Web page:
010 110 0227
Mon - Fri 09:00-17:00

Every Business or Unit needs Quiet Time

Over the ages, companies are forever trying to come up with new ways to boost productivity. Numerous studies and various researchers tried to pinpoint what can be done to pave a productive path within the workplace. Systems and tech-savvy developers constantly invent new ways and technology to streamline and speed up processes to avoid drowning in the workload. Interruptions are part of our every work day.

There are organizations that think to introduce some quiet time at the office will decrease productivity, but remarkably research showed that both coordination and communication improved. To instate quiet time at the office is a simple work behavior that will combat bad work habits and make a big difference in the work-life balance of your employees. This adjustment in the workplace will help find more practical ways to work efficiently and effectively.

What is ‘quiet’ time at the office? Quiet time is pre-scheduled, repeated frequently and act as structured time slots to help solve information overloads and increase productivity. It gives employees a specific time period during a workday without, what they deem as interruptions so that they can focus, concentrate and regroup.

But how do you implement quiet time as part of work habits?

  • Involve everyone affected by the quiet time option to set the rules. Determine which time will be the most convenient to be without outside interruptions. Establish which interruptions everyone would like to avoid.
  • Not everyone is the same. Each person has their own unique work style and personality. Build in some flexibility into the quiet time so that each employee involved can choose what they want to do in their quiet time. For example don’t necessarily be too strict on reading and replying to emails during quiet time. This might be something that specific employees need to catch up on. Rather introduce for example something like meetings are only scheduled in the mornings and the afternoons are left open where all incoming phone calls and walk-ins are dealt with by one person.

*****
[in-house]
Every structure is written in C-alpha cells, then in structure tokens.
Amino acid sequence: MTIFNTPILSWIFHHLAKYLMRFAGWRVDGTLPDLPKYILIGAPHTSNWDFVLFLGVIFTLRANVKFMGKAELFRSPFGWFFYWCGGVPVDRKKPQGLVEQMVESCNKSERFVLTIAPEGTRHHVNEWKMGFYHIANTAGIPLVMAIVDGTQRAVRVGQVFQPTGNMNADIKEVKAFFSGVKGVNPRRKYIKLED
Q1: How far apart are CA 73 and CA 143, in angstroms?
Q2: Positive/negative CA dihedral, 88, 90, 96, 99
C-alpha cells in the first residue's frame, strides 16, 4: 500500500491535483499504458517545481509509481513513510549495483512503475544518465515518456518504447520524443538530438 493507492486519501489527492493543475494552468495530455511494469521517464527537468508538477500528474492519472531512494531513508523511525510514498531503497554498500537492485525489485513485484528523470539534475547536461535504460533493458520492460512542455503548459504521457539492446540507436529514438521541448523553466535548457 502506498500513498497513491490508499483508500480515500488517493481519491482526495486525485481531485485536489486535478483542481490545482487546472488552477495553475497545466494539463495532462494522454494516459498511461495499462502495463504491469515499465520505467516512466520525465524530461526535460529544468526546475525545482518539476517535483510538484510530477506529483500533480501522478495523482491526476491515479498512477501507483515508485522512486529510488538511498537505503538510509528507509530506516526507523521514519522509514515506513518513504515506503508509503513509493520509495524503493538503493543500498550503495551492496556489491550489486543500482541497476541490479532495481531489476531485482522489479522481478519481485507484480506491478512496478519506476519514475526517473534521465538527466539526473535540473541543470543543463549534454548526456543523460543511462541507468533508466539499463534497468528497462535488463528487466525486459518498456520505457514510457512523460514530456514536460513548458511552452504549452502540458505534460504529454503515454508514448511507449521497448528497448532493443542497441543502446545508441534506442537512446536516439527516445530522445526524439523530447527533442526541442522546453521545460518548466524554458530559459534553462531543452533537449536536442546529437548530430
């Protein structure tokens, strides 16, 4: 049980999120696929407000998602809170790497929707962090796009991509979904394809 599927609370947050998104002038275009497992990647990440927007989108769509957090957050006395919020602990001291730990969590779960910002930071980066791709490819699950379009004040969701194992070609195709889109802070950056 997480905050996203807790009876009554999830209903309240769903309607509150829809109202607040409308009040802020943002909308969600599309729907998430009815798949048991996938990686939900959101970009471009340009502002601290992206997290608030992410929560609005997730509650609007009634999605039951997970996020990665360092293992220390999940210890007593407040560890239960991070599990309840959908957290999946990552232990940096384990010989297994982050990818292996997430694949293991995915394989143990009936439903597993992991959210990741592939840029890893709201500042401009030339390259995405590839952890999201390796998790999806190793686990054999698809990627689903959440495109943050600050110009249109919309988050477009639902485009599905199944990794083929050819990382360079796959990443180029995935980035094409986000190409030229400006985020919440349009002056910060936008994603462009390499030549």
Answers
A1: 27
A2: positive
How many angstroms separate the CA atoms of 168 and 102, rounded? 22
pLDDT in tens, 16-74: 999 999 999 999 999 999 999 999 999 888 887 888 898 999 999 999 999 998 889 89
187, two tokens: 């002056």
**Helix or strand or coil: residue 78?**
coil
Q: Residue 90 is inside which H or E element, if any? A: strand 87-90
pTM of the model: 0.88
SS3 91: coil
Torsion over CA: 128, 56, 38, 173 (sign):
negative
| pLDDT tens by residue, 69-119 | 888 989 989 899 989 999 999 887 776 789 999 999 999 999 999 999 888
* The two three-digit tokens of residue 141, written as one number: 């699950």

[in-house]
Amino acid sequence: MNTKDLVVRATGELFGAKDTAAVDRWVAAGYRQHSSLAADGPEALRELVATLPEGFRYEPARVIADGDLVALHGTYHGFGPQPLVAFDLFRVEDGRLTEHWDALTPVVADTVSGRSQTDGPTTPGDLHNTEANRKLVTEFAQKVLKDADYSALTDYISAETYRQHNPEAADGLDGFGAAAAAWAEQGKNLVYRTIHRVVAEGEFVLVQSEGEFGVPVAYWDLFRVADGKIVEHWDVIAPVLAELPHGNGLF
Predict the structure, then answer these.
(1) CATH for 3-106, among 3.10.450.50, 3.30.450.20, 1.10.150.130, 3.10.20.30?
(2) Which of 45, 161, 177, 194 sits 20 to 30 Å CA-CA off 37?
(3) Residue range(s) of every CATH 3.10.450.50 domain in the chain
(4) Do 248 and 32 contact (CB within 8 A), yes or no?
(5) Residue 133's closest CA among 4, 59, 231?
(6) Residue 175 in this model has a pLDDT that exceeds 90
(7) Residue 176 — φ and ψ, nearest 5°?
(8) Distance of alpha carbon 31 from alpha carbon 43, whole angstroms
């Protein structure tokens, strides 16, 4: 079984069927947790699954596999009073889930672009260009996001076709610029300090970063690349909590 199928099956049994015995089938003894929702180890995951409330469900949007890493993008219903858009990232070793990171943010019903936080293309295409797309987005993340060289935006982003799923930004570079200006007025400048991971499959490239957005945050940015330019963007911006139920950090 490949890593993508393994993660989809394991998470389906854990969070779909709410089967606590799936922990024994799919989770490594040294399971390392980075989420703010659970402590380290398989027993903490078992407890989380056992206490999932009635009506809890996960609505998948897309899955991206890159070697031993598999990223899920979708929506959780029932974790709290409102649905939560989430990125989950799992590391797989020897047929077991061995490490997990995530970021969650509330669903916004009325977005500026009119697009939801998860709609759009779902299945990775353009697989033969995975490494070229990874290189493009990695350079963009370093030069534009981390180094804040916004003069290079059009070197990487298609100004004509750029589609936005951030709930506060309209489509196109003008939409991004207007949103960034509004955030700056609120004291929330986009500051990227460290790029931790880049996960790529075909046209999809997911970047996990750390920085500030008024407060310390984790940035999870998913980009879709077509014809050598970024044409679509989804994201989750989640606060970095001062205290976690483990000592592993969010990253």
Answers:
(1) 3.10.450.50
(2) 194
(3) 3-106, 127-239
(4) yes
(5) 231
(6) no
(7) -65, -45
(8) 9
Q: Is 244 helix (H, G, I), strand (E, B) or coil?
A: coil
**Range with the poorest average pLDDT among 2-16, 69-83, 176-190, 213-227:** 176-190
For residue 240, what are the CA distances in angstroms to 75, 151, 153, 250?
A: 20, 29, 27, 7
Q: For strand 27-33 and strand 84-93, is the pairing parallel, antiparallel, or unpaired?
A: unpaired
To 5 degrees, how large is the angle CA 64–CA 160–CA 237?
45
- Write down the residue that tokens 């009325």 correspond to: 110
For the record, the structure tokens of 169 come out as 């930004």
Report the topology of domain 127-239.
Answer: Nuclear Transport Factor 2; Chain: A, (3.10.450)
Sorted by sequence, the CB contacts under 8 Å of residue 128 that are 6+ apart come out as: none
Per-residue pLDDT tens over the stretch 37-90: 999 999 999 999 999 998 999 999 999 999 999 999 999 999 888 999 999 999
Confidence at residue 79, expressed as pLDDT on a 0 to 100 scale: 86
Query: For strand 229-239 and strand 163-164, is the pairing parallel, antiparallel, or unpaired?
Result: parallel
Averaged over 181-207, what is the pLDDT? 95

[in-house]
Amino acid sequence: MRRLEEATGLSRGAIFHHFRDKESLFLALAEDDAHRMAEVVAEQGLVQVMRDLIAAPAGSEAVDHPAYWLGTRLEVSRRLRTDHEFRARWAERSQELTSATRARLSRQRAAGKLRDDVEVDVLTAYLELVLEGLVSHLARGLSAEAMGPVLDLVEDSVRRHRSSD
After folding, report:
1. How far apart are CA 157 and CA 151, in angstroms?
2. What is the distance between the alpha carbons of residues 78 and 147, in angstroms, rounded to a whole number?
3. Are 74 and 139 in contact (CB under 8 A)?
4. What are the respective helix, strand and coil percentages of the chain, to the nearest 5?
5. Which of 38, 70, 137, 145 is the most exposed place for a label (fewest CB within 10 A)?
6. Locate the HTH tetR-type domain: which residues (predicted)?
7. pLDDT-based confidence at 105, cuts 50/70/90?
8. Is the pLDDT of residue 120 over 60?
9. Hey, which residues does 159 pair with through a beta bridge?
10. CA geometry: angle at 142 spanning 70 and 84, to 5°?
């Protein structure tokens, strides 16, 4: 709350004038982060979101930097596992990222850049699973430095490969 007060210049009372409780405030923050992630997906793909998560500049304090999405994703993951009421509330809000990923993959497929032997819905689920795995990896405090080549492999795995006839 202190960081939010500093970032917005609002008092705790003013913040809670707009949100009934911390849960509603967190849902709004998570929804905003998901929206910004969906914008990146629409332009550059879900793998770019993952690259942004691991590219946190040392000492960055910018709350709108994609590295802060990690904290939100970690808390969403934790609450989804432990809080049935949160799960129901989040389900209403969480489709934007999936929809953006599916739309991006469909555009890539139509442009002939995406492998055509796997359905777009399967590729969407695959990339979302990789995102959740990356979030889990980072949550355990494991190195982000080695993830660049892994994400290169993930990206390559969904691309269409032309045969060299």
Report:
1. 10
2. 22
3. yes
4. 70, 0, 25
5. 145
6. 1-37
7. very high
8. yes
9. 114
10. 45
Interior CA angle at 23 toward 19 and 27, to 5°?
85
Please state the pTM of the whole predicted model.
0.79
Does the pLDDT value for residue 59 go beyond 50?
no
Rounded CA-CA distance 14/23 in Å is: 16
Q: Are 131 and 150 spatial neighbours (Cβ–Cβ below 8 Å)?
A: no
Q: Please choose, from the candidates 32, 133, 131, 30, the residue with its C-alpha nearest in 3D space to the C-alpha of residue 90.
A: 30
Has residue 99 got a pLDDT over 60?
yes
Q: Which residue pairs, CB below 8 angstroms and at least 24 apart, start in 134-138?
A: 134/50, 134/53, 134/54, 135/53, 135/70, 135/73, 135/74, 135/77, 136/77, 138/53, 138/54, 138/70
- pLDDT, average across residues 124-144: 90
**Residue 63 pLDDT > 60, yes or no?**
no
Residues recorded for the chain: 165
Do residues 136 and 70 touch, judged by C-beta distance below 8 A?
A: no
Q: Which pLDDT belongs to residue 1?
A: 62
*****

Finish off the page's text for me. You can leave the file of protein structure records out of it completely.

• To change the behavior of employees is not a simple thing. Managers and executives need to role model this behavior and it needs to be something that reoccurs regularly which will take some patients. At the end instilling this habit with persistence will have a great outcome and be worthwhile.
  • Encourage employees to switch off their mobiles and put up ‘do not disturb’ signs for the duration of the quiet time. This will motivate the people in the office to respect this time as a time for focus, creativity, and thinking.
  • Urge employees to plan their quiet time, whether it is to focus on the writing of proposals, or brainstorming creative ideas. Even if they choose one segment of quiet time to organize their files, do their admin duties or read up on the latest trends and developments in your business. If they plan ahead, they will accomplish more with their quiet time.

Sometimes quiet time is hard to achieve at a workplace or in a job where you are required to interact socially or if you are working remotely or from home with a house full of kids. But be creative. Look for a suitable time where you and your team’s engagements are fewer. When used right, quiet time is a way you can get yourself and your employees to recharge.